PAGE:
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SH1 Taupō Airport to Turangi speed limits

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Project introduction

Waka Kotahi NZ Transport Agency has set new permanent speed limits for sections of SH1 from Taupō Airport through to Turangi, in the Waikato region.

  • Project type

    Speed review

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Background

Between October and November 2019, Waka Kotahi consulted with stakeholders and the public on the safe and appropriate speeds for sections SH1 from Taupō Airport through to Turangi, in the Waikato region.

Waka Kotahi is always looking for ways to improve the safety of our roads. This route is identified as a high risk roads. The current speed limits are generally 100km/h through the rural sections of the corridor and 70km/h through the various settlements such as Waitahanui and Motuoapa. There are numerous roadside hazards along the route such as large trees and roadside drains, including a particularly winding and tortuous section adjacent to Lake Taupō north of Motutere.

This section of SH1 forms part of the main north-south spine of the state highway network and is used to shift freight and people from one end of the North Island to the other, and the various locations in between. It is also used by people commuting between Taupō and Turangi and various other settlements along the eastern lake edge. For many, SH1 is also the ‘street’ they live on and the place they call home. During holiday periods there is a significant increase in the number of people in the area, including holidaymakers, cyclists, anglers, boaties and campervans visiting the various rest areas, camping grounds and holiday homes dotted along the lake’s edge.

New permanent speed limits

From 12 October 2020, new permanent speed limits will come into effect on SH1 from Waitahanui (south of Taupō) to Turangi.

Location Current speed limit New speed limit from 12 October 2020
Waitahanui, 1.33km north of Hurae Road to 80m south of Wairau Avenue 70km/h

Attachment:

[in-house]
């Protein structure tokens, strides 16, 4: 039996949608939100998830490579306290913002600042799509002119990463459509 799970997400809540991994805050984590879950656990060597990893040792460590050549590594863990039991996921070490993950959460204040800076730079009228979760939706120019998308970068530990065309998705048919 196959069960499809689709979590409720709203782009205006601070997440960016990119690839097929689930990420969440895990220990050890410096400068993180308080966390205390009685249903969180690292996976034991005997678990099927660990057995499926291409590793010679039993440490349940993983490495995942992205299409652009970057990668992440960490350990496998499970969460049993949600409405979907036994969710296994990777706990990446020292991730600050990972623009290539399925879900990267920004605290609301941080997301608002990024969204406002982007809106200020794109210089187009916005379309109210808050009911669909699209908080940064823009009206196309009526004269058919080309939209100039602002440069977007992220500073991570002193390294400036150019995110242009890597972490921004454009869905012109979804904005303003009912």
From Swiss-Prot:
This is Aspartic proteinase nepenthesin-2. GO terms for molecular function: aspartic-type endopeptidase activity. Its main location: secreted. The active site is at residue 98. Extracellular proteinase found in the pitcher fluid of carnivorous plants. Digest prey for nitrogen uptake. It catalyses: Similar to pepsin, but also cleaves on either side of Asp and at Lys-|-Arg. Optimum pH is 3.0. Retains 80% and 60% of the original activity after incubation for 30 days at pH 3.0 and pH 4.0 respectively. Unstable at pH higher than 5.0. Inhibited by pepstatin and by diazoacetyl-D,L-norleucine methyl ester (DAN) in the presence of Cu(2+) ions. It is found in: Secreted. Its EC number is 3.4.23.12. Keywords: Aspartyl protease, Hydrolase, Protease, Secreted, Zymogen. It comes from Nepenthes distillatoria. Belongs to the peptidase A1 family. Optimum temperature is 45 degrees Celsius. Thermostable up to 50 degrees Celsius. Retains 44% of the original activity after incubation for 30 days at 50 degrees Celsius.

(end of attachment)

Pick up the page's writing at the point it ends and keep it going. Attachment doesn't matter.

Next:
60km/h with variable speed limit of 40km/h

The variable speed limit will lower the speed limit from 60km/h outside the school to 40km/h at peak school traffic times which are:

  • 35 minutes before the start of school until the start of school, and
  • 20 minutes at the end of school, beginning no earlier than five minutes before the end of school
  • it may also operate for 10 minutes at any other time when there is school-related activity.

The variable speed limit will be displayed on electronic signs located outside the school at 470m north of Hurae Road and 120m north of Hurae Road.

Hatepe to Halletts Bay, 240m north of Rereahu Avenue to 3.075km south of Rereahu Road, Hatepe 100km/h 80km/h
Halletts Bay to Motutere, 3.075km south of Rereahu Road, Hatepe to 160m south of Waitapu Road, Motutere 100km/h 60km/h
Motutere to Waitetoko, 160m south of Waitapu Road, Motutere to 130m north of Rawhira Road, Waitetoko 100km/h 80km/h
Waitetoko to Oruatua, 130m north of Rawhira Road, Waitetoko to 170m south of Oruatua Avenue, Te Rangiita 100km/h and 70km/h 60km/h
Motuoapa, 140m north of Rangimoana Avenue to 130m south of Parekarangaranga Street, Motuoapa 80km/h 60km/h
Motuoapa to Turangi, 130m south of Parekarangaranga Street, Motuoapa to 280m south of Waiotaka Road, Turangi 100km/h 80km/h
Turangi, 230m south of Waiotaka Road to 345m south of Te Arahori Street, Turangi 80k/h 60km/h

Two sections of SH1 in this region were not included in the speed review. These were:

  • Waitahanui to Hatepe, 80m south of Wairau Avenue, Waitahanui to 240m north of Rereahu Avenue, Hatepe.
  • Oruatua to Motuoapa, 170m south of Oruatua Avenue, Te Rangiita to 140m north of Rangimoana Avenue, Motuoapa.

Taupō Airport to Waitahanui safety barrier

During consultation, it was proposed to reduce the speed limit between Taupō Airport and Waitahanui from 100km/h to 80km/h. Waka Kotahi is currently considering installing a central median barrier from the Taupō Airport roundabout to the northern end of Waitahanui. The speed will remain at 100km/h whilst this is being investigated. If this section of the highway is made safer by installing a safety barrier, it could mean the safe and appropriate speed can remain at 100km/h. Waka Kotahi will continue to update the community and road users about the safety barrier project and the final decision on this speed limit change as we work through the process.

Flexible road safety (median) barriers

Additional safety improvements in Waitahanui